252 x 203 mm. With "Kurt Weill The Playwrights' Co. Photo by Karsh late 1940's" in pencil to verso along with other annotations.
Very slightly worn; corners slightly creased; small stain to blank lower margin not affecting image.
Weill, born in Dessau, Germany, became an American citizen in 1943. "He was one of the outstanding composers in the generation that came to maturity after World War I, and a key figure in the development of modern forms of musical theatre. His successful and innovatory work for Broadway during the 1940s was a development in more popular terms of the exploratory stage works that had made him the foremost avant-garde theatre composer of the Weimar Republic...". David Drew and J. Bradford Robinson in Grove online
"By far the most widely reproduced of all Weill photographs, it shows him seated at his Brook House desk, immaculately dressed and freshly coiffured, with chin thrust forward as in no other photograph, and pen poised over a page that could almost be a balance-sheet but reveals itself, in the better reproductions, as a page from the rehearsal score of Street Scene. There is no remotely comparable picture, and yet it is impossible to imagine one better suited to the purposes of documenting the 'image and understanding' of 'Weill in America' that has been so vigorously promoted by Brecht scholars in recent years - the image, that is, of one who was at home on Broadway but would have been equally so in the boardrooms of Wall Street or Madison Avenue... The imposture becomes 'genuine' through Weill's endorsement of its impersonal conformity in preference to the introspective and enigmatic figure portrayed not only by Hoyningen-Huene but also, with uncharacteristic insight, by Karsh himself in a second, and quite unknown, portrait taken at the same session in Brook House." David Drew: Kurt Weill, pp. 44-45.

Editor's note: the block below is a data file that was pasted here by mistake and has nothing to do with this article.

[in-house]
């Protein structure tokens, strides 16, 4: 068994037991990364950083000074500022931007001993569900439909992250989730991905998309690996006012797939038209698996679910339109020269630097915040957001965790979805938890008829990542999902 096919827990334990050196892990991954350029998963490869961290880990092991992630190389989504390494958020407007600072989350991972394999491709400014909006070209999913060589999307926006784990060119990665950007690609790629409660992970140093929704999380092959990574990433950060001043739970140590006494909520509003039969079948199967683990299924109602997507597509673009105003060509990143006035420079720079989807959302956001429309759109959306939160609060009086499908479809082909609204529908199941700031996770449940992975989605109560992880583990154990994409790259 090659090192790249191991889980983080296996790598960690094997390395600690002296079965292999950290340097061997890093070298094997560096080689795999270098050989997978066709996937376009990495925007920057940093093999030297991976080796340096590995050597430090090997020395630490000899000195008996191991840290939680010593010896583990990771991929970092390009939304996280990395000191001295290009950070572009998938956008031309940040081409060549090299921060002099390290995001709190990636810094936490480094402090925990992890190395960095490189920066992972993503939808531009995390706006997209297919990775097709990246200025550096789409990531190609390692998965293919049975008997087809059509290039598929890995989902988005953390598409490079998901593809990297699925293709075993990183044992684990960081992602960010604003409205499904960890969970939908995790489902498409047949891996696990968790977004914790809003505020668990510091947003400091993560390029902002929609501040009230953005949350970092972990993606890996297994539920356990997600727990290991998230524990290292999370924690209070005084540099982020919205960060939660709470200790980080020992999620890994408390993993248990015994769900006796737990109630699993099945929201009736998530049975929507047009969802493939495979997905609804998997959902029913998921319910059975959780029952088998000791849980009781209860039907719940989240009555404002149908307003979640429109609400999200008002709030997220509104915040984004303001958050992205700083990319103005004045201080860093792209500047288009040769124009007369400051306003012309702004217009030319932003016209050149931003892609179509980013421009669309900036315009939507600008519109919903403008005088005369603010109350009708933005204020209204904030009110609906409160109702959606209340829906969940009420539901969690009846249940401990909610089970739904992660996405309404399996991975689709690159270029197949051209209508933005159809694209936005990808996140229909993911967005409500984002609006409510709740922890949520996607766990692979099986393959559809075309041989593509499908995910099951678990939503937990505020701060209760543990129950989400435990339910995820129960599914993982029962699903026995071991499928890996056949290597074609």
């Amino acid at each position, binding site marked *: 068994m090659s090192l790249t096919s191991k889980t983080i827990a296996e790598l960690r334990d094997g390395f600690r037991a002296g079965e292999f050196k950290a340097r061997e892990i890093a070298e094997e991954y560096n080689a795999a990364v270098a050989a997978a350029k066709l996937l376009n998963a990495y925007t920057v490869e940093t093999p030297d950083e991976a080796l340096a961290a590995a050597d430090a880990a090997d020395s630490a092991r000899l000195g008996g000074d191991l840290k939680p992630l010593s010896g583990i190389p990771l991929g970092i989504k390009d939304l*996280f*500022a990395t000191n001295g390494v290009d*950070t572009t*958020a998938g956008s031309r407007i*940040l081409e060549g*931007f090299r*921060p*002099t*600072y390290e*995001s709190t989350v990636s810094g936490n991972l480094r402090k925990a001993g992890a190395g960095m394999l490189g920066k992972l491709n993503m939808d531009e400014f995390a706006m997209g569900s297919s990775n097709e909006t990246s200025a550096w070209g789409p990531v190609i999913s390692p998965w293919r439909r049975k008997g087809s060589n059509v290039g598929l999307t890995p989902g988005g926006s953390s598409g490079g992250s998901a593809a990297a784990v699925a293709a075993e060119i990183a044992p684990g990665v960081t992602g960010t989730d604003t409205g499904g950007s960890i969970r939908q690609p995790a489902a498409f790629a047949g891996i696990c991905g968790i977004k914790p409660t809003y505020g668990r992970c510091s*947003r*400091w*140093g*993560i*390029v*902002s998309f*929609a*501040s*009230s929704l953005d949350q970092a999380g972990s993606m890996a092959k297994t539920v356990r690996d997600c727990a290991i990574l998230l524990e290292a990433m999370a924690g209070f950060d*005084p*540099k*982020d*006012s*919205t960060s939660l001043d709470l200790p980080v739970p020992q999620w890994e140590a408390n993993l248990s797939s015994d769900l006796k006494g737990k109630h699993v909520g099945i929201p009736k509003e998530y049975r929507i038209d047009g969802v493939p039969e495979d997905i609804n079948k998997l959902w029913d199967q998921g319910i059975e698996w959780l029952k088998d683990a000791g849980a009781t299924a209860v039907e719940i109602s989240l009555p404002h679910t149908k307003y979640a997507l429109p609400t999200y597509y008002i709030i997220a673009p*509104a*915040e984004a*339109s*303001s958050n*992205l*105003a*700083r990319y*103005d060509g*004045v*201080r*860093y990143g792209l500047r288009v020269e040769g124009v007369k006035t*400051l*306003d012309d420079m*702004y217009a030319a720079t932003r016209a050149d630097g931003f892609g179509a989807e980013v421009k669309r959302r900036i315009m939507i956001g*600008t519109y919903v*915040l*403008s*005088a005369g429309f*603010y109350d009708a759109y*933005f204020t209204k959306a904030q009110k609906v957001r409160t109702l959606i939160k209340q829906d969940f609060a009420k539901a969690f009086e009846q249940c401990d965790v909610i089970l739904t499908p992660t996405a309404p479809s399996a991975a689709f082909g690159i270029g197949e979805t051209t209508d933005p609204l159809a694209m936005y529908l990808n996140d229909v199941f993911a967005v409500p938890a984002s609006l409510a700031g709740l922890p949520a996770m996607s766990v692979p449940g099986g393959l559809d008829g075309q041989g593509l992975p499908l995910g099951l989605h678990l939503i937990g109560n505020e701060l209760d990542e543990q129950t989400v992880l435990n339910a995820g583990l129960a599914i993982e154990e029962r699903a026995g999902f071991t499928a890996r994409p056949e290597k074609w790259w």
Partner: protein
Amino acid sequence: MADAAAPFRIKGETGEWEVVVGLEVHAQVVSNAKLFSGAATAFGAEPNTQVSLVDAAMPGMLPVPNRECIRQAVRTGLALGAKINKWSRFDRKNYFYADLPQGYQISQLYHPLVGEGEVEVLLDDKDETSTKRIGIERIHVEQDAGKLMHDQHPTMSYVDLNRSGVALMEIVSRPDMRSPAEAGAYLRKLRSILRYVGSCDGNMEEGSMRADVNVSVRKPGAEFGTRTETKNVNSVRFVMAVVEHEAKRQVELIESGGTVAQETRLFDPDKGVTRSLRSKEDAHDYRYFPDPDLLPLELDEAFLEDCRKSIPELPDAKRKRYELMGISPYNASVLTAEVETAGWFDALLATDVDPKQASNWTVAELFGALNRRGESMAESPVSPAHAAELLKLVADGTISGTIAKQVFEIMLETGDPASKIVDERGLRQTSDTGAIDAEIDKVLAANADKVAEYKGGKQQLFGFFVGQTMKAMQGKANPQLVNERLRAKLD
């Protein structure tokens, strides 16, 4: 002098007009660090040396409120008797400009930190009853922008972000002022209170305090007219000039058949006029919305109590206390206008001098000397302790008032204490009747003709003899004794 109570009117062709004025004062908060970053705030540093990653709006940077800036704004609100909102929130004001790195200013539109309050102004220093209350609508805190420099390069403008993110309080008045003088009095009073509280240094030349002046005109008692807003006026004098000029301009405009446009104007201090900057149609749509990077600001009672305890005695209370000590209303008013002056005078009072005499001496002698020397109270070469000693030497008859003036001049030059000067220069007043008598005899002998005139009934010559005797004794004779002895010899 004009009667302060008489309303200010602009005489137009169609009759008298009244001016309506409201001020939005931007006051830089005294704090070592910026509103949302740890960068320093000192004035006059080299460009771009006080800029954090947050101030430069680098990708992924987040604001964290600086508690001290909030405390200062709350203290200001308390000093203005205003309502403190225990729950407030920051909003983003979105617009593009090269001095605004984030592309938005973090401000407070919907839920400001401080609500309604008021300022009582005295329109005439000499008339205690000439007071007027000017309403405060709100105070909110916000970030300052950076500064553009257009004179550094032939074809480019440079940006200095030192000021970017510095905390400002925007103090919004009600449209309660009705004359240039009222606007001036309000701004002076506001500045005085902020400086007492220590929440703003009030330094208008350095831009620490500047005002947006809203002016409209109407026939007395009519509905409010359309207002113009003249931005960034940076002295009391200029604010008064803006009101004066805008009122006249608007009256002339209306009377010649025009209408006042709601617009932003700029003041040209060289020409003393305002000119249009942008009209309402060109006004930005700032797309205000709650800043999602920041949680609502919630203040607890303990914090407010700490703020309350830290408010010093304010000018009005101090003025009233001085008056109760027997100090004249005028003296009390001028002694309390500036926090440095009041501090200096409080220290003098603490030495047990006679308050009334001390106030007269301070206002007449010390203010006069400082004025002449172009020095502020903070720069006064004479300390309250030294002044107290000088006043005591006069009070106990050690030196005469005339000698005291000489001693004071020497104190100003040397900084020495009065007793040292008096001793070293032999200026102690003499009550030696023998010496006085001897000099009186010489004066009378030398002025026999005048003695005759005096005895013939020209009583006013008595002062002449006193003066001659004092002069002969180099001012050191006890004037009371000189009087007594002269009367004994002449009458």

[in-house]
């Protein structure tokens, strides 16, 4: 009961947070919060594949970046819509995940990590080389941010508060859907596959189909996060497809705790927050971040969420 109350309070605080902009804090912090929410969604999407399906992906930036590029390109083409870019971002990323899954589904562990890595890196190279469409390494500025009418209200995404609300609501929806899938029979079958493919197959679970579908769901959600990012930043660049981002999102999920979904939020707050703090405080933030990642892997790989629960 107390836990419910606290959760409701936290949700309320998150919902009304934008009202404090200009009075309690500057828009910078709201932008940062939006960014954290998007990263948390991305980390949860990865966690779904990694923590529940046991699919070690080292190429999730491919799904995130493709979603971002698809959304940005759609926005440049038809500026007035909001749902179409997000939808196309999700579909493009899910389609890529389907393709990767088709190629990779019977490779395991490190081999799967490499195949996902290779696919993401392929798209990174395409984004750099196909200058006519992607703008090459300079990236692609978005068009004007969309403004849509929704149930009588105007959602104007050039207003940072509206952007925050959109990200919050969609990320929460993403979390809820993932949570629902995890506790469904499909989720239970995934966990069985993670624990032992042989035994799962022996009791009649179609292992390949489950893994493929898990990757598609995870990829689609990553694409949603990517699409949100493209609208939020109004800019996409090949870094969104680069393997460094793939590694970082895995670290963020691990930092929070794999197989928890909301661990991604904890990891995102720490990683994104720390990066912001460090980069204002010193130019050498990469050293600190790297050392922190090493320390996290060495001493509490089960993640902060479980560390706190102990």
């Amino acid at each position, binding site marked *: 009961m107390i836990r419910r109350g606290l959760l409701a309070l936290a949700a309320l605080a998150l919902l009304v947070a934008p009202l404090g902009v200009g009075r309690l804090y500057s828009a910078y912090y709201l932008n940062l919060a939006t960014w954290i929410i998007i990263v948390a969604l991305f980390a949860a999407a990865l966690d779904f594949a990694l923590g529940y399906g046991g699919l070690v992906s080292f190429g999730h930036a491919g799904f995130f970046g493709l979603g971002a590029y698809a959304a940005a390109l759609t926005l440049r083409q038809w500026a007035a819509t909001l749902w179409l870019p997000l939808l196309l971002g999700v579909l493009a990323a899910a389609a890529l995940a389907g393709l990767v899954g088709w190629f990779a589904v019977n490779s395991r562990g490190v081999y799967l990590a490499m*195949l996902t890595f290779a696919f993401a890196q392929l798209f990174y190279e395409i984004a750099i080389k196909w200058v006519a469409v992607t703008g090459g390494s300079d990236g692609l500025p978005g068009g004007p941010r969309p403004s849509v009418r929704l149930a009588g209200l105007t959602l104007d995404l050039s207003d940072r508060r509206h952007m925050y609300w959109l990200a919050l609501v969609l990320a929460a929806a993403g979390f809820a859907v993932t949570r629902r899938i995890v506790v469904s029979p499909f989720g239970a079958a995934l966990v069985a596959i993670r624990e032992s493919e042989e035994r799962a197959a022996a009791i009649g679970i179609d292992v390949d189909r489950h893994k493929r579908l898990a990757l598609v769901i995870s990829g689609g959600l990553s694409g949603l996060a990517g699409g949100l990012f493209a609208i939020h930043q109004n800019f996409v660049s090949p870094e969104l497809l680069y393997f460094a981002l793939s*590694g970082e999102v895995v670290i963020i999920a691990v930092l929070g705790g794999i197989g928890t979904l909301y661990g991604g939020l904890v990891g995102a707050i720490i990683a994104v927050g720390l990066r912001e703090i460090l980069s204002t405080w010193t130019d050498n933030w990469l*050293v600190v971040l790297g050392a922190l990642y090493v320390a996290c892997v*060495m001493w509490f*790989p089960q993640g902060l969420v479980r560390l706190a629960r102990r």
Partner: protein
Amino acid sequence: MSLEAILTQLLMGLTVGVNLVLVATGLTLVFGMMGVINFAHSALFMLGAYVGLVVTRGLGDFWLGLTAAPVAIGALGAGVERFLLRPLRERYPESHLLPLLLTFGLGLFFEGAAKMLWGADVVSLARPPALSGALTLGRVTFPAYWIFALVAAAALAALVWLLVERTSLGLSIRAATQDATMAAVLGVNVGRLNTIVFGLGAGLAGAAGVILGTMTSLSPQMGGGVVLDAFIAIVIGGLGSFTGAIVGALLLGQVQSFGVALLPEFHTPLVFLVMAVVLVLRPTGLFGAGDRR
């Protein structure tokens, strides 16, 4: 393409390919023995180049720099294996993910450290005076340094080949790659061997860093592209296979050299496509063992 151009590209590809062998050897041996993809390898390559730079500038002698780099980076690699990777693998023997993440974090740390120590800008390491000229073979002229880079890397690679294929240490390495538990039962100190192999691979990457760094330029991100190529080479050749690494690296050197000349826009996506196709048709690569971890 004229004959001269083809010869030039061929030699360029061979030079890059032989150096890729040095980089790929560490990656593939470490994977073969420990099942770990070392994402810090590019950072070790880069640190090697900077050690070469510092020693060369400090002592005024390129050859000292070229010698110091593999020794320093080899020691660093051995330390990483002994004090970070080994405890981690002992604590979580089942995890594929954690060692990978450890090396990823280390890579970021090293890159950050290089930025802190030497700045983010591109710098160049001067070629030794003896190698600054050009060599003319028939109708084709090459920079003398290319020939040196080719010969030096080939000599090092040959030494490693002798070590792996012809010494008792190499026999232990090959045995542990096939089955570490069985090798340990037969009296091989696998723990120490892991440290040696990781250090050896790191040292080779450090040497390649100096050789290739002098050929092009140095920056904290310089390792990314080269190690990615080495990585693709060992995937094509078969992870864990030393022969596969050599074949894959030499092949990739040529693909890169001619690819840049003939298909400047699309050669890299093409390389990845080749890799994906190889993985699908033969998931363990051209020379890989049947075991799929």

Street Scene, an opera in two acts by Kurt Weill to a libretto by Elmer Rice after his own play, with lyrics by Langston Hughes and Rice, premiered in Philadelphia at the Shubert Theatre on December 16, 1946. The work opened in New York at the Adelphi Theatre on January 9, 1947 and ran for 148 performances through May 17, 1947. The present photograph was presumably used in association with the New York premiere.
"Weill considered Street Scene his chef d’oeuvre... [His] musical concern was less with originality than with authenticity. The cloying sentimentality is a function of the drama. It also demonstrates how Weill adjusted his musical voice as the drama demanded. Street Scene contains European elements, including allusions to Puccini, even to Wagner. The drama demanded them, too. The description ‘American opera’ nonetheless applies: it is an opera for America – that is, for a Broadway public; and it is an opera about America, both musically and in terms of plot." Stephen Hinton in Grove online. Item #21887
Price: $750.00 other currencies